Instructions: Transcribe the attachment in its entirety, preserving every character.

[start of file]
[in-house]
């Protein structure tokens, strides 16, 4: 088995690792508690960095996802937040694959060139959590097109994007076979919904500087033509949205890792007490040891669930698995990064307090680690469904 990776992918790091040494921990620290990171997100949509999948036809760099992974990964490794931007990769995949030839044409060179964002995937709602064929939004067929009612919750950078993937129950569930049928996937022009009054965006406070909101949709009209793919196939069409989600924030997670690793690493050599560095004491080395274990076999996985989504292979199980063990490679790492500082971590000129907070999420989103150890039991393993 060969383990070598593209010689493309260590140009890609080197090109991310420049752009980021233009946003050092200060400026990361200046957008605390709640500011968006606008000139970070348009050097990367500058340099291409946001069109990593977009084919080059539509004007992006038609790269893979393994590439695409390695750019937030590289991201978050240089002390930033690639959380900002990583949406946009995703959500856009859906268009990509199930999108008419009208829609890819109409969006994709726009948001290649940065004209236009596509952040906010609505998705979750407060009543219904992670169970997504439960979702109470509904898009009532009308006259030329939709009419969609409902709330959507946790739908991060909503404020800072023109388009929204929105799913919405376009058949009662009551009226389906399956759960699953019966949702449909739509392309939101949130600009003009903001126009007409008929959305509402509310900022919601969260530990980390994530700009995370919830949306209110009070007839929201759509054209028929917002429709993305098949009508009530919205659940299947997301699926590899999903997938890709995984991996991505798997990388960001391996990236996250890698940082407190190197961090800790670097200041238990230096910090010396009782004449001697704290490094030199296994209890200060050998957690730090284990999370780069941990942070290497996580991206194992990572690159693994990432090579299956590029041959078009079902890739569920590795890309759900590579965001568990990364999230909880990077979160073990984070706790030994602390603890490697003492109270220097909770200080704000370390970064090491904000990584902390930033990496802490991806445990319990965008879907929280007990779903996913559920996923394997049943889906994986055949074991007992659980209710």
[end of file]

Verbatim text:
[in-house]
């Protein structure tokens, strides 16, 4: 088995690792508690960095996802937040694959060139959590097109994007076979919904500087033509949205890792007490040891669930698995990064307090680690469904 990776992918790091040494921990620290990171997100949509999948036809760099992974990964490794931007990769995949030839044409060179964002995937709602064929939004067929009612919750950078993937129950569930049928996937022009009054965006406070909101949709009209793919196939069409989600924030997670690793690493050599560095004491080395274990076999996985989504292979199980063990490679790492500082971590000129907070999420989103150890039991393993 060969383990070598593209010689493309260590140009890609080197090109991310420049752009980021233009946003050092200060400026990361200046957008605390709640500011968006606008000139970070348009050097990367500058340099291409946001069109990593977009084919080059539509004007992006038609790269893979393994590439695409390695750019937030590289991201978050240089002390930033690639959380900002990583949406946009995703959500856009859906268009990509199930999108008419009208829609890819109409969006994709726009948001290649940065004209236009596509952040906010609505998705979750407060009543219904992670169970997504439960979702109470509904898009009532009308006259030329939709009419969609409902709330959507946790739908991060909503404020800072023109388009929204929105799913919405376009058949009662009551009226389906399956759960699953019966949702449909739509392309939101949130600009003009903001126009007409008929959305509402509310900022919601969260530990980390994530700009995370919830949306209110009070007839929201759509054209028929917002429709993305098949009508009530919205659940299947997301699926590899999903997938890709995984991996991505798997990388960001391996990236996250890698940082407190190197961090800790670097200041238990230096910090010396009782004449001697704290490094030199296994209890200060050998957690730090284990999370780069941990942070290497996580991206194992990572690159693994990432090579299956590029041959078009079902890739569920590795890309759900590579965001568990990364999230909880990077979160073990984070706790030994602390603890490697003492109270220097909770200080704000370390970064090491904000990584902390930033990496802490991806445990319990965008879907929280007990779903996913559920996923394997049943889906994986055949074991007992659980209710």